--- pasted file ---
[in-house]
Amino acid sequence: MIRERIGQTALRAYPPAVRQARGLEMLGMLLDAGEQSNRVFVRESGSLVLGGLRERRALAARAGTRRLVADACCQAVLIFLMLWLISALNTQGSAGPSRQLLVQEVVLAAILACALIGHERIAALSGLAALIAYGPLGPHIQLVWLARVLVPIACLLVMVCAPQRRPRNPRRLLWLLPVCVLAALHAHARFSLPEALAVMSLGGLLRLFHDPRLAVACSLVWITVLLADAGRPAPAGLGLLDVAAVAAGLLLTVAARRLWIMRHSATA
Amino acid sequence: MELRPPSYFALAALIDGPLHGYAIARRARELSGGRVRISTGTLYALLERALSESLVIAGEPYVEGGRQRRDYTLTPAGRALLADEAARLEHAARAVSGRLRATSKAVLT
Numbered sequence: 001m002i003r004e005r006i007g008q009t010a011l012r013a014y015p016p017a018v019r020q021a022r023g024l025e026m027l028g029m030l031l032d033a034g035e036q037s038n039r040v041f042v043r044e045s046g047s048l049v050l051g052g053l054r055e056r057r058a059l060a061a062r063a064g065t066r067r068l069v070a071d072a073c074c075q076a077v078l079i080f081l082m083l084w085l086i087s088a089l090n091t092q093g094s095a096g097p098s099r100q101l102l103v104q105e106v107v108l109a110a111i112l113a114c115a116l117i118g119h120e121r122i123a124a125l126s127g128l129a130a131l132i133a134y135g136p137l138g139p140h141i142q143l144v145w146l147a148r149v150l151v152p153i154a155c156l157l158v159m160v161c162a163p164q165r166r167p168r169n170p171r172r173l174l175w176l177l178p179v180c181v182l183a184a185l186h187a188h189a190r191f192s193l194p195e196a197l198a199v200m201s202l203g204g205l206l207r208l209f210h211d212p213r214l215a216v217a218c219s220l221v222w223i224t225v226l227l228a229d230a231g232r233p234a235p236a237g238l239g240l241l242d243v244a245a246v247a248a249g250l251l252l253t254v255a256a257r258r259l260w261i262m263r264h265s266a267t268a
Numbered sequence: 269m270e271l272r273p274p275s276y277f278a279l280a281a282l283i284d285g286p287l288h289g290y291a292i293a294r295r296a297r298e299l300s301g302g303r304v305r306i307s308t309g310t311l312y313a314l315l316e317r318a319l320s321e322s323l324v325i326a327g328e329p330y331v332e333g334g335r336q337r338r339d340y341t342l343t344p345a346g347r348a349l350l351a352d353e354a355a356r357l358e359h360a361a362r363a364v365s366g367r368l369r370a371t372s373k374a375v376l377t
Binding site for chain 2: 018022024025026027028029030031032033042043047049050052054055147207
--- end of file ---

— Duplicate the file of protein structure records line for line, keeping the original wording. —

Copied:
[in-house]
Amino acid sequence: MIRERIGQTALRAYPPAVRQARGLEMLGMLLDAGEQSNRVFVRESGSLVLGGLRERRALAARAGTRRLVADACCQAVLIFLMLWLISALNTQGSAGPSRQLLVQEVVLAAILACALIGHERIAALSGLAALIAYGPLGPHIQLVWLARVLVPIACLLVMVCAPQRRPRNPRRLLWLLPVCVLAALHAHARFSLPEALAVMSLGGLLRLFHDPRLAVACSLVWITVLLADAGRPAPAGLGLLDVAAVAAGLLLTVAARRLWIMRHSATA
Amino acid sequence: MELRPPSYFALAALIDGPLHGYAIARRARELSGGRVRISTGTLYALLERALSESLVIAGEPYVEGGRQRRDYTLTPAGRALLADEAARLEHAARAVSGRLRATSKAVLT
Numbered sequence: 001m002i003r004e005r006i007g008q009t010a011l012r013a014y015p016p017a018v019r020q021a022r023g024l025e026m027l028g029m030l031l032d033a034g035e036q037s038n039r040v041f042v043r044e045s046g047s048l049v050l051g052g053l054r055e056r057r058a059l060a061a062r063a064g065t066r067r068l069v070a071d072a073c074c075q076a077v078l079i080f081l082m083l084w085l086i087s088a089l090n091t092q093g094s095a096g097p098s099r100q101l102l103v104q105e106v107v108l109a110a111i112l113a114c115a116l117i118g119h120e121r122i123a124a125l126s127g128l129a130a131l132i133a134y135g136p137l138g139p140h141i142q143l144v145w146l147a148r149v150l151v152p153i154a155c156l157l158v159m160v161c162a163p164q165r166r167p168r169n170p171r172r173l174l175w176l177l178p179v180c181v182l183a184a185l186h187a188h189a190r191f192s193l194p195e196a197l198a199v200m201s202l203g204g205l206l207r208l209f210h211d212p213r214l215a216v217a218c219s220l221v222w223i224t225v226l227l228a229d230a231g232r233p234a235p236a237g238l239g240l241l242d243v244a245a246v247a248a249g250l251l252l253t254v255a256a257r258r259l260w261i262m263r264h265s266a267t268a
Numbered sequence: 269m270e271l272r273p274p275s276y277f278a279l280a281a282l283i284d285g286p287l288h289g290y291a292i293a294r295r296a297r298e299l300s301g302g303r304v305r306i307s308t309g310t311l312y313a314l315l316e317r318a319l320s321e322s323l324v325i326a327g328e329p330y331v332e333g334g335r336q337r338r339d340y341t342l343t344p345a346g347r348a349l350l351a352d353e354a355a356r357l358e359h360a361a362r363a364v365s366g367r368l369r370a371t372s373k374a375v376l377t
Binding site for chain 2: 018022024025026027028029030031032033042043047049050052054055147207